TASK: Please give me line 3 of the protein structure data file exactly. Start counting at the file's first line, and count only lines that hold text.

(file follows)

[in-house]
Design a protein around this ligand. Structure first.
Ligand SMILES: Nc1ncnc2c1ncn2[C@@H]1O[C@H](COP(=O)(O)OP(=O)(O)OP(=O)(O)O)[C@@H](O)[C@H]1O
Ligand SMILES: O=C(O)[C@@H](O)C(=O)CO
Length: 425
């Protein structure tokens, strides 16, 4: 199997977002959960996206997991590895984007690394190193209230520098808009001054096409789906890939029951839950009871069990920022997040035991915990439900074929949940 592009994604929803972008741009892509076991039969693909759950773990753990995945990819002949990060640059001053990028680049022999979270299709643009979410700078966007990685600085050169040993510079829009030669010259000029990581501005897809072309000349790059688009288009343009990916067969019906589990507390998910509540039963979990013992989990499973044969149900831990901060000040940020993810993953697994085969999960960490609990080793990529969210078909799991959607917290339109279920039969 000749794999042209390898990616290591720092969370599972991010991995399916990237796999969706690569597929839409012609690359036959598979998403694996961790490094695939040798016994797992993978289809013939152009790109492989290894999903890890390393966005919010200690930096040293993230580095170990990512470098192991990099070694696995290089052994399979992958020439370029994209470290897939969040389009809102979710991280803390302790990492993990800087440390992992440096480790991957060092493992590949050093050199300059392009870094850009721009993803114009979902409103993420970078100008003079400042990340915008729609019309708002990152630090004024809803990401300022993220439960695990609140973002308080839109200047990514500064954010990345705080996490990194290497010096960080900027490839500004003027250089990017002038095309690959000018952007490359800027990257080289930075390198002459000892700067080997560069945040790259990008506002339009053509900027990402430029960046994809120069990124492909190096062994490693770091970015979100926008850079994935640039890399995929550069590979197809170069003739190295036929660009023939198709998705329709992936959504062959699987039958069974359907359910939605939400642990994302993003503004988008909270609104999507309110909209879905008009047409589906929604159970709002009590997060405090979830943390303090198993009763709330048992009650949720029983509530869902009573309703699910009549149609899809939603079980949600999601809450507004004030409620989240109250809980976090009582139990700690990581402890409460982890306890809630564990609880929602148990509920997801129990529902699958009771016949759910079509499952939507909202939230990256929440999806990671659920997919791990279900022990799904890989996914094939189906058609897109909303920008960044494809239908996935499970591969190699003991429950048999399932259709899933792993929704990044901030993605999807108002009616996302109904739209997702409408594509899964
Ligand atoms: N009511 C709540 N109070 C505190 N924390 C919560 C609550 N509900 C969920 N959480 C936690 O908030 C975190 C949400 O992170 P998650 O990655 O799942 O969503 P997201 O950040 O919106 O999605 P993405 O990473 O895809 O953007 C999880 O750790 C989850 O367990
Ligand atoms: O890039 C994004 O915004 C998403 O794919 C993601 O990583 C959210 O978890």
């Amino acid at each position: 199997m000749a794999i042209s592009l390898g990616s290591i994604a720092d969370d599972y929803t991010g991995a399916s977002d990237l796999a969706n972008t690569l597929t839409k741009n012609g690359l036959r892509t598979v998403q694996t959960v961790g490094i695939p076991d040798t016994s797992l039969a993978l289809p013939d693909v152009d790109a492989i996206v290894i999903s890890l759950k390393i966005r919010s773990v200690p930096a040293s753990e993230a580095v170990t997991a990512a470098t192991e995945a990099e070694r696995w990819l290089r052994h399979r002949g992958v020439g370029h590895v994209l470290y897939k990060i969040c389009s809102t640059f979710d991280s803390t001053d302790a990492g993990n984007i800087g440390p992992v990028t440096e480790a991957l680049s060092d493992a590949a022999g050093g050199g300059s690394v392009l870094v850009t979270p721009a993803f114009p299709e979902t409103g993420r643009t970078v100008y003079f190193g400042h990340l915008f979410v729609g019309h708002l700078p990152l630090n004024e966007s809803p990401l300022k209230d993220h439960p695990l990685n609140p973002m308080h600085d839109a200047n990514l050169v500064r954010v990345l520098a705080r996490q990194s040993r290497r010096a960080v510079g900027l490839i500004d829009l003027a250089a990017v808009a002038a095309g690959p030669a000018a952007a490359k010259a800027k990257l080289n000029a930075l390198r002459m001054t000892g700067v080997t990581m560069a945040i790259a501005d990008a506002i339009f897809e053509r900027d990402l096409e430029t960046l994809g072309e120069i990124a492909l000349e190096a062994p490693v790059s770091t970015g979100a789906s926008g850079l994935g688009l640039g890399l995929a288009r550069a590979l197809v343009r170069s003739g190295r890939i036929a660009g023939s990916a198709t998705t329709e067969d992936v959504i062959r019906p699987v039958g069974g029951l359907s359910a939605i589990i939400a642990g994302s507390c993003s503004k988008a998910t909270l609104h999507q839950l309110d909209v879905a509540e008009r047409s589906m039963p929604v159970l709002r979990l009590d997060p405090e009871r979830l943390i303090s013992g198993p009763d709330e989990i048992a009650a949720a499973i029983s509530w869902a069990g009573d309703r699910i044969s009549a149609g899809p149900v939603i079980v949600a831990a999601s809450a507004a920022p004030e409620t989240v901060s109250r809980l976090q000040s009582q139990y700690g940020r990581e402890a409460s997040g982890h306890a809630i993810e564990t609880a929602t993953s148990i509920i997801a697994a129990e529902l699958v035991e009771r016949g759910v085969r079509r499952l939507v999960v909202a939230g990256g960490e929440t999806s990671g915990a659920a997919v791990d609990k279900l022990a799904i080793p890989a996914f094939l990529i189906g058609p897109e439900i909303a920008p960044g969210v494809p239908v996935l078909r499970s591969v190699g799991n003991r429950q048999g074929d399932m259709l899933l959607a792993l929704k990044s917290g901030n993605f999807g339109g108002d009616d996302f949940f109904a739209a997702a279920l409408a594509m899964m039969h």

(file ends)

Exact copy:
Ligand SMILES: Nc1ncnc2c1ncn2[C@@H]1O[C@H](COP(=O)(O)OP(=O)(O)OP(=O)(O)O)[C@@H](O)[C@H]1O